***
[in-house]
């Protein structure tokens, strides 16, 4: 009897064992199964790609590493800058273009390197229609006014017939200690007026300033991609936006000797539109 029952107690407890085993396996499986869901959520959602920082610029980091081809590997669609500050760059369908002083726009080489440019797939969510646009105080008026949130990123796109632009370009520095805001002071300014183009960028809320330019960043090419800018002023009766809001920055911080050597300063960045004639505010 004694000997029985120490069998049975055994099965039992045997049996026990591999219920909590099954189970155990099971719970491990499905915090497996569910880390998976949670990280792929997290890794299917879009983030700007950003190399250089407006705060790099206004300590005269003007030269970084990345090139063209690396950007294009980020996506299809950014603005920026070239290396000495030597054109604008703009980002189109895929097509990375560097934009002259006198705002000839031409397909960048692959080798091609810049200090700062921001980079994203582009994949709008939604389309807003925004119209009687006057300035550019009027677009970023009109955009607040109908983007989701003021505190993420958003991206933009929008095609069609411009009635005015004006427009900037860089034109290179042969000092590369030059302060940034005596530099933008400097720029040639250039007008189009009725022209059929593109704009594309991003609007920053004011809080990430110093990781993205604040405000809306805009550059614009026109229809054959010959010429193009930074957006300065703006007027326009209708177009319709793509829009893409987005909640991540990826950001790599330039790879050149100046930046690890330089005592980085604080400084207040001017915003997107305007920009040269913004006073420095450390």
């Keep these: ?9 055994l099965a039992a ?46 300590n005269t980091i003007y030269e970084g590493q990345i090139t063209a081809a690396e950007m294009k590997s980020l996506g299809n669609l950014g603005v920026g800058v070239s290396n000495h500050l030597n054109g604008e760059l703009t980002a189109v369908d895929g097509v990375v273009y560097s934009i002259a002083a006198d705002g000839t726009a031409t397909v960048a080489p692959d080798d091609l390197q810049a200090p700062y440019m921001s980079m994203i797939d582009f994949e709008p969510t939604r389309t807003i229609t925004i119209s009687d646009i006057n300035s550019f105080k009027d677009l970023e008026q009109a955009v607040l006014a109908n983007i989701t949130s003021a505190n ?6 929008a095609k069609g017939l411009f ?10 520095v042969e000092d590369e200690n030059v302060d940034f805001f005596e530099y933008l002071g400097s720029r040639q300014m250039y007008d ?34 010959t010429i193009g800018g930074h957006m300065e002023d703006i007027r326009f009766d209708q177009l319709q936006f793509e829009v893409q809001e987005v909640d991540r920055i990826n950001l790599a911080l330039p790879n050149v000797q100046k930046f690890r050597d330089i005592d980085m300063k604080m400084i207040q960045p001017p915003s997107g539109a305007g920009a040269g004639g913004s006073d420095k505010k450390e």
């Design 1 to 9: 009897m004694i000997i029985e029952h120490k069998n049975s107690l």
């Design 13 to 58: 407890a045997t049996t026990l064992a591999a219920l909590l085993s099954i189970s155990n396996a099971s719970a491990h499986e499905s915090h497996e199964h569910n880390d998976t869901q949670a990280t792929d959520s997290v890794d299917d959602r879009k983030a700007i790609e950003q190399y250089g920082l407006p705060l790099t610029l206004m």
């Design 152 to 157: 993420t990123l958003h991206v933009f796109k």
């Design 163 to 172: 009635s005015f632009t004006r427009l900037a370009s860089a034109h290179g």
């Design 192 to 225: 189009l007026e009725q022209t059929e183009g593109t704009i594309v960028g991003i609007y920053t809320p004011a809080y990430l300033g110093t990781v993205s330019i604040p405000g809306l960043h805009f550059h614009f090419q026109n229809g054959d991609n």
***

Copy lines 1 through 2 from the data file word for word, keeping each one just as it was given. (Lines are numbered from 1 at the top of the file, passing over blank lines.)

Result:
[in-house]
């Protein structure tokens, strides 16, 4: 009897064992199964790609590493800058273009390197229609006014017939200690007026300033991609936006000797539109 029952107690407890085993396996499986869901959520959602920082610029980091081809590997669609500050760059369908002083726009080489440019797939969510646009105080008026949130990123796109632009370009520095805001002071300014183009960028809320330019960043090419800018002023009766809001920055911080050597300063960045004639505010 004694000997029985120490069998049975055994099965039992045997049996026990591999219920909590099954189970155990099971719970491990499905915090497996569910880390998976949670990280792929997290890794299917879009983030700007950003190399250089407006705060790099206004300590005269003007030269970084990345090139063209690396950007294009980020996506299809950014603005920026070239290396000495030597054109604008703009980002189109895929097509990375560097934009002259006198705002000839031409397909960048692959080798091609810049200090700062921001980079994203582009994949709008939604389309807003925004119209009687006057300035550019009027677009970023009109955009607040109908983007989701003021505190993420958003991206933009929008095609069609411009009635005015004006427009900037860089034109290179042969000092590369030059302060940034005596530099933008400097720029040639250039007008189009009725022209059929593109704009594309991003609007920053004011809080990430110093990781993205604040405000809306805009550059614009026109229809054959010959010429193009930074957006300065703006007027326009209708177009319709793509829009893409987005909640991540990826950001790599330039790879050149100046930046690890330089005592980085604080400084207040001017915003997107305007920009040269913004006073420095450390």